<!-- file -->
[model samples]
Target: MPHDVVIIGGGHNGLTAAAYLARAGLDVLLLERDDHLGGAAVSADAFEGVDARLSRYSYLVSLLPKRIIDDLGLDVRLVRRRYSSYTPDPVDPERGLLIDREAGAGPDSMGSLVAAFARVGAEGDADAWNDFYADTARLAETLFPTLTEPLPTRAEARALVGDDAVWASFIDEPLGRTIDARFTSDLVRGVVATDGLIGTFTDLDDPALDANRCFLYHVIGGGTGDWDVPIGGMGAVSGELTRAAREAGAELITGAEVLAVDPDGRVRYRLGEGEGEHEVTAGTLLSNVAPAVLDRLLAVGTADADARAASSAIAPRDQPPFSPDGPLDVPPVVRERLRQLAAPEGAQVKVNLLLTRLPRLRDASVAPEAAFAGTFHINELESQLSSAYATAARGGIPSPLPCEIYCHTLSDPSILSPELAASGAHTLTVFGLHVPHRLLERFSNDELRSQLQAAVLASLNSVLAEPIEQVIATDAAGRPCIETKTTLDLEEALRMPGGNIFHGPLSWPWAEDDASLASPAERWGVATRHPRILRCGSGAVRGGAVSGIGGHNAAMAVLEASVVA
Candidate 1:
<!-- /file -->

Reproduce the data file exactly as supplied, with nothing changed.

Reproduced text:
[model samples]
Target: MPHDVVIIGGGHNGLTAAAYLARAGLDVLLLERDDHLGGAAVSADAFEGVDARLSRYSYLVSLLPKRIIDDLGLDVRLVRRRYSSYTPDPVDPERGLLIDREAGAGPDSMGSLVAAFARVGAEGDADAWNDFYADTARLAETLFPTLTEPLPTRAEARALVGDDAVWASFIDEPLGRTIDARFTSDLVRGVVATDGLIGTFTDLDDPALDANRCFLYHVIGGGTGDWDVPIGGMGAVSGELTRAAREAGAELITGAEVLAVDPDGRVRYRLGEGEGEHEVTAGTLLSNVAPAVLDRLLAVGTADADARAASSAIAPRDQPPFSPDGPLDVPPVVRERLRQLAAPEGAQVKVNLLLTRLPRLRDASVAPEAAFAGTFHINELESQLSSAYATAARGGIPSPLPCEIYCHTLSDPSILSPELAASGAHTLTVFGLHVPHRLLERFSNDELRSQLQAAVLASLNSVLAEPIEQVIATDAAGRPCIETKTTLDLEEALRMPGGNIFHGPLSWPWAEDDASLASPAERWGVATRHPRILRCGSGAVRGGAVSGIGGHNAAMAVLEASVVA
Candidate 1: